Pirates lineup gets jolt from ex-Indians Lonnie Chisenhall, Erik Gonzalez
Twenty-two percent of the Pittsburgh Pirates’ 2019 projected opening day lineup was imported during the offseason down Interstate 76.
Barring injury or an unexpected spring roster move, Lonnie Chisenhall and Erik Gonzalez are expected to be the names manager Clint Hurdle writes in at right field and shortstop, respectively, when the Pirates begin the regular season at Cincinnati.
Each spent last season with the Cleveland Indians. Chisenhall signed with the Pirates as a free agent in November, and Gonzalez came over in a five-player trade earlier that month.
“Me and Chisenhall had a good relationship on the Indians,” Gonzalez said at PiratesFest. “I’ve known him (for) years, and I‘ve talked to him everywhere about the game and I think he’s going to be like a go-to man for me right here because I know him, and I’m so glad he’s here with me now, too.”
Chisenhall and Gonzalez are at different stages in their careers, and each inherits a likely starting gig in Pittsburgh under a different circumstance.
For the 30-year-old Chisenhall, his full-time spot in front of the Clemente Wall is expected to be temporary. The hole there figures to last about a month or two until Gregory Polanco can return from September surgery on his left shoulder.
Signing with the Pirates gives Chisenhall a chance to play every day and re-establish himself as a major league regular after injuries limited him to 111 games the past two seasons. The majority of the missed games were because of his calves.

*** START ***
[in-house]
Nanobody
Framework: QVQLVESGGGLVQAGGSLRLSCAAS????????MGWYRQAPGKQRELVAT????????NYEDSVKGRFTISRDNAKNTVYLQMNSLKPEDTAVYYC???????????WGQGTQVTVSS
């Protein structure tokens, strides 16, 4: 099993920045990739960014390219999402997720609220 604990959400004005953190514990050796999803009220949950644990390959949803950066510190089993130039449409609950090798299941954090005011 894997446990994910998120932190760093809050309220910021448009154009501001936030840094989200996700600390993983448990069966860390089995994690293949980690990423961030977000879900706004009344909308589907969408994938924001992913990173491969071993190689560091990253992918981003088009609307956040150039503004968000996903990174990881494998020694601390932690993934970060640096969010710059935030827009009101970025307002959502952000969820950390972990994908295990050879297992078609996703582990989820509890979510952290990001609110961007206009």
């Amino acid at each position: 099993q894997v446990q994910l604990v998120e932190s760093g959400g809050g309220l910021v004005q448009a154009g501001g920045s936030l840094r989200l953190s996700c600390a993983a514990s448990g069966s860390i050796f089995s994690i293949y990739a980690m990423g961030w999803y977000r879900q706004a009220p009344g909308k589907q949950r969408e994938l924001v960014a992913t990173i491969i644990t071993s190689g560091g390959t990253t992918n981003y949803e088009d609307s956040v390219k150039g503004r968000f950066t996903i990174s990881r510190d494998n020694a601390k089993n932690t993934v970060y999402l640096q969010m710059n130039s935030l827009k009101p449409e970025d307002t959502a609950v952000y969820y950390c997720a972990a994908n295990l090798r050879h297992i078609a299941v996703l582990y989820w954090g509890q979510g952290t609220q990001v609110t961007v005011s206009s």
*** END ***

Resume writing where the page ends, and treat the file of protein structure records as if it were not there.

“The worst part is there’s still no definitive (reason) why (the calf injuries) happened,” Chisenhall said. “But right now, since it healed completely in August, I feel great. I haven’t had an offseason like this since probably three years ago, before the first injury in ’17. So I feel good.”
Chisenhall had quality production when he was able to play over the past three seasons: .291 average, .815 OPS and 21 home runs in 705 at-bats. If he can match that this season, Chisenhall not only would make the early absence of Polanco palatable, it also would give the Pirates a steady left-handed bat that can fill in at the corner infield and outfield positions.
Going into a season under a one-year contract (worth $2.75 million), Chisenhall has a financial incentive to revitalize his career.
“There has been not even a sign of how I felt in the (recent) past,” he said. “Last offseason was a struggle even preparing for last season. … I feel good about where I am now, and I am pretty sure (the calf-injury issues) are in the rearview mirror.”
Gonzalez comes to Pittsburgh with a full season’s worth of MLB game experience (162) but with starts in just 57 of those games. He and the Pirates maintain the lack of extensive playing time had more to do with the star-caliber players in front of him in Cleveland than Gonzalez’s abilities.
Indians shortstop Francisco Lindor is one of the game’s best, and he tied with Cleveland third baseman Jose Ramirez for the eighth-best Wins Above Replacement (7.9) in the majors last season. At second base is a two-time All-Star in Jason Kipnis.
“It will be great to see him maybe be on little bigger stage (because) it’s been tough to be behind those guys,” Chisenhall said. “He’s a great player, a very hard worker.”
Gonzalez described playing with Lindor and Gonzalez as “a joy,” but he’s been all the more joyous since the trade.
“I am thankful for the Indians because they gave me an opportunity to sign and gave me an opportunity in the big leagues,” Gonzalez said. “But I need to play baseball. That’s why I am in the big leagues because I want to play baseball.”
Like longtime teammate Chisenhall, he’s in line to get that chance on a daily basis for the Pirates.
Chris Adamski is a Tribune-Review staff writer. You can contact Chris at [email protected] or via Twitter @C_AdamskiTrib.
Chris Adamski is a Tribune-Review staff writer. You can contact Chris by email at [email protected] or via Twitter .